Applicability of energy-positive net-zero water management in Alaska: technology status and case study

Tingting Wu, James Douglas Englehardt, Tianjiao Guo, Lucien Gassie, Aaron Dotson

Research output: Contribution to journalArticlepeer-review

2 Scopus citations


Challenges of water and wastewater management in Alaska include the potential need for above-grade and freeze-protected piping, high unit energy costs and, in many rural areas, low population density and median annual income. However, recently developed net-zero water (NZW), i.e., nearly closed-loop, direct potable water reuse systems, can retain the thermal energy in municipal wastewater, producing warm treated potable water without the need for substantial water re-heating, heat pumping or transfer, or additional energy conversion. Consequently, these systems are projected to be capable of saving more energy than they use in water treatment and conveyance, in the temperate USA. In this paper, NZW technology is reviewed in terms of potential applicability in Alaska by performing a hypothetical case study for the city of Fairbanks, Alaska. Results of this paper study indicate that in municipalities of Alaska with local engineering and road access, the use of NZW systems may provide an energy-efficient water service option. In particular, case study modeling suggests hot water energy savings are equivalent to five times the energy used for treatment, much greater savings than in mid-latitudes, due largely to the substantially higher energy needed for heating water from a conventional treatment system and lack of need for freeze-protected piping. Further study of the applicability of NZW technology in cold regions, with expanded evaluation in terms of system-wide lifecycle cost, is recommended.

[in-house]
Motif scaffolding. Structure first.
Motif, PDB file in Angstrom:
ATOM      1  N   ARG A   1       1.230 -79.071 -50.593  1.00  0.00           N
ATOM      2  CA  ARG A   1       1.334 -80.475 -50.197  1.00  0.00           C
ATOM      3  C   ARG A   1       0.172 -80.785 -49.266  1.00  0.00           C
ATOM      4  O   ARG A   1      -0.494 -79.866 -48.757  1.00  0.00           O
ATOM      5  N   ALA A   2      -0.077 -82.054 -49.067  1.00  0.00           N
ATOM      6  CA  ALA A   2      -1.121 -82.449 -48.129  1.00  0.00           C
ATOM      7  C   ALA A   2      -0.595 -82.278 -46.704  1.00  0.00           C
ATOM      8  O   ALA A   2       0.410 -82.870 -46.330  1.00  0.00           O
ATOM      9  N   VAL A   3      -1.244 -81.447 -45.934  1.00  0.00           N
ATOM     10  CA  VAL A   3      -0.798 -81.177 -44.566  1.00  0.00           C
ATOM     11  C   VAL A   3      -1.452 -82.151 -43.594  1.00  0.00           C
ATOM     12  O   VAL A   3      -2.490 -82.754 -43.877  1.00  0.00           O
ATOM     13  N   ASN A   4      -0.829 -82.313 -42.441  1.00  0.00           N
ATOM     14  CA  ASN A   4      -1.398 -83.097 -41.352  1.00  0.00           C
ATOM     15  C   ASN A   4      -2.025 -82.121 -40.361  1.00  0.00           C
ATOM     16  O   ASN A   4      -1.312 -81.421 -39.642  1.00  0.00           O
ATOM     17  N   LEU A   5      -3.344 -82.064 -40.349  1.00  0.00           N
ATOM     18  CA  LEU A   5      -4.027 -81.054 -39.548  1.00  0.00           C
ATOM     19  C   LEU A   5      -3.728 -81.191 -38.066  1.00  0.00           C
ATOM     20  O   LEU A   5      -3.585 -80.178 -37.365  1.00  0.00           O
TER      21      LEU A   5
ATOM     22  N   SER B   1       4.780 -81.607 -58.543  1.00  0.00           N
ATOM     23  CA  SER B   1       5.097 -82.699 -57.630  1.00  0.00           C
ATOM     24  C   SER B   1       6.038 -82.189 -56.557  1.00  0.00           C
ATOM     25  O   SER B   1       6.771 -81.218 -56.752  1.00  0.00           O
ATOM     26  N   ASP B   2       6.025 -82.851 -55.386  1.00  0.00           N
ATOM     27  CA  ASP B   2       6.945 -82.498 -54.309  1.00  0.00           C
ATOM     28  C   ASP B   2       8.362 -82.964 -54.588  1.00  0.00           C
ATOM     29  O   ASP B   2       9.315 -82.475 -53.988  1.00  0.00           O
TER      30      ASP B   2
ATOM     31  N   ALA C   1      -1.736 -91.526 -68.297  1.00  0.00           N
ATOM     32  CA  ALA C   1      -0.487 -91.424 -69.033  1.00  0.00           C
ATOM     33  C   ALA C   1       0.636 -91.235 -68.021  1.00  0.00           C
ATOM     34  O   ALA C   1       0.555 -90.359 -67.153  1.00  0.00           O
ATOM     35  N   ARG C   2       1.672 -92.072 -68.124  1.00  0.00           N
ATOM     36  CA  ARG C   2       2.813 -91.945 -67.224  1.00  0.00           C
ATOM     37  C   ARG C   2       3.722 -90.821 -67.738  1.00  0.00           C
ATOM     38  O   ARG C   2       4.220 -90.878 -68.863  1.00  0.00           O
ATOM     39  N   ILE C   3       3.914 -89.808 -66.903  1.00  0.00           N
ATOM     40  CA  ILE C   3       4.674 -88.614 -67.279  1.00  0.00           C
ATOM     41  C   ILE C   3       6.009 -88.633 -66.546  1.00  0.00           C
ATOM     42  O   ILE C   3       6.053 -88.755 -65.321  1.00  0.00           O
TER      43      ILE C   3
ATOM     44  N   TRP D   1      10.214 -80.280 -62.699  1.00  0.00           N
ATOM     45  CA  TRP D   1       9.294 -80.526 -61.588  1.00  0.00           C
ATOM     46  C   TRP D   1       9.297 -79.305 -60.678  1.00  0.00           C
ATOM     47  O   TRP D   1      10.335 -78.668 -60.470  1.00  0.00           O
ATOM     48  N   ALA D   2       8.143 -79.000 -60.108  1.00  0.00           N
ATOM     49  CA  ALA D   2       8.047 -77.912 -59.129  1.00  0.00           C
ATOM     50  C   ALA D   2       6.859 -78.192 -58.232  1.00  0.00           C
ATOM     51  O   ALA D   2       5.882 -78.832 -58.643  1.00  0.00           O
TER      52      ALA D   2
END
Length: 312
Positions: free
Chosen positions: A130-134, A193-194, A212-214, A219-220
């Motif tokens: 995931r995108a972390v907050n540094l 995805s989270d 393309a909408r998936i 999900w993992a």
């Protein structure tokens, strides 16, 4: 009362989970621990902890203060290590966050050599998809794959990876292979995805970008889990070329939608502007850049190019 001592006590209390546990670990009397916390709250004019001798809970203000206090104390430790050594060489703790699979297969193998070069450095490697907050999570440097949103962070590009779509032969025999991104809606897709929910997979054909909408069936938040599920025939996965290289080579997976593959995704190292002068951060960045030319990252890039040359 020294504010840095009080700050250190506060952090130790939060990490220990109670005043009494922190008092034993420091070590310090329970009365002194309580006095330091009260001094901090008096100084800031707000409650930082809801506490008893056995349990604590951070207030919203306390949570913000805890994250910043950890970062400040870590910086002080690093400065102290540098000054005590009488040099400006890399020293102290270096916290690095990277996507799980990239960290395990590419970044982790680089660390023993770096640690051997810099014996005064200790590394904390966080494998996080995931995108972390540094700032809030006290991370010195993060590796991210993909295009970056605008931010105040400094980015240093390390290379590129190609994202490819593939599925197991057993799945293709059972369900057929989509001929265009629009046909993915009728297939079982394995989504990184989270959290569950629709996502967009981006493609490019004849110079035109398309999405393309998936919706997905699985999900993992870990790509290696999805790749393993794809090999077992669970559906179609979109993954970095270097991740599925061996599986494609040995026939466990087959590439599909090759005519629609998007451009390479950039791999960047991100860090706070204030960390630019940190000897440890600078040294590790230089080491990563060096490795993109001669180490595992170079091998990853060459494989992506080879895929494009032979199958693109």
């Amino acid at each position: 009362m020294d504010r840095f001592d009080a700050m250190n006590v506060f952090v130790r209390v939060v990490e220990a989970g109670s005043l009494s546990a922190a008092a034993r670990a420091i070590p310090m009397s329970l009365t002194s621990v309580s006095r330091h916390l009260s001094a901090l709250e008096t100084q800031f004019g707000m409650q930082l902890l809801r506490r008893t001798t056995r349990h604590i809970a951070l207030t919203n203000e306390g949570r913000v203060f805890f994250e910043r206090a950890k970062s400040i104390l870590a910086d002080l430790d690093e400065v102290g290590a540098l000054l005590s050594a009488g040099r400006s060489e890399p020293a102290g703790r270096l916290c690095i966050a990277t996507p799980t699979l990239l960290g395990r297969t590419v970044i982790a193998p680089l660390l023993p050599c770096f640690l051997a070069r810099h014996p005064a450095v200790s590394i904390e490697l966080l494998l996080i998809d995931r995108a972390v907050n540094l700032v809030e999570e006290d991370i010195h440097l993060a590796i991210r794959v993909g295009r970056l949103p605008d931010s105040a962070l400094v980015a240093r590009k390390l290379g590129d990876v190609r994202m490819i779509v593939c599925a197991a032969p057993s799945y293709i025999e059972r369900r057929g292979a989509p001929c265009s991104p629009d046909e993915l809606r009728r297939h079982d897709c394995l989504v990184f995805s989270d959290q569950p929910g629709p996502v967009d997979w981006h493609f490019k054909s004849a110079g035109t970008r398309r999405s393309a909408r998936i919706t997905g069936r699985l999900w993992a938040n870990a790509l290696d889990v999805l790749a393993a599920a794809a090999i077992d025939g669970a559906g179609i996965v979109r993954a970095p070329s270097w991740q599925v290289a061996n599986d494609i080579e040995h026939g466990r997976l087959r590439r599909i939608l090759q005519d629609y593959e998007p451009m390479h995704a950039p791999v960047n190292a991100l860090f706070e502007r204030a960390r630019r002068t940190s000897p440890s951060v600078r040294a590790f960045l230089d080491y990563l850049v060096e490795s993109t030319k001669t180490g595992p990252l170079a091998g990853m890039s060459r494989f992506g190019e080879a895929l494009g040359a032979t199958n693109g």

Original languageEnglish (US)
Pages (from-to)1-13
Number of pages13
JournalEnvironmental Science and Pollution Research
StateAccepted/In press - Nov 22 2017


  • Alaska
  • Energy-positive
  • Net-zero water
  • Water management
  • Water reuse

ASJC Scopus subject areas

  • Environmental Chemistry
  • Pollution
  • Health, Toxicology and Mutagenesis


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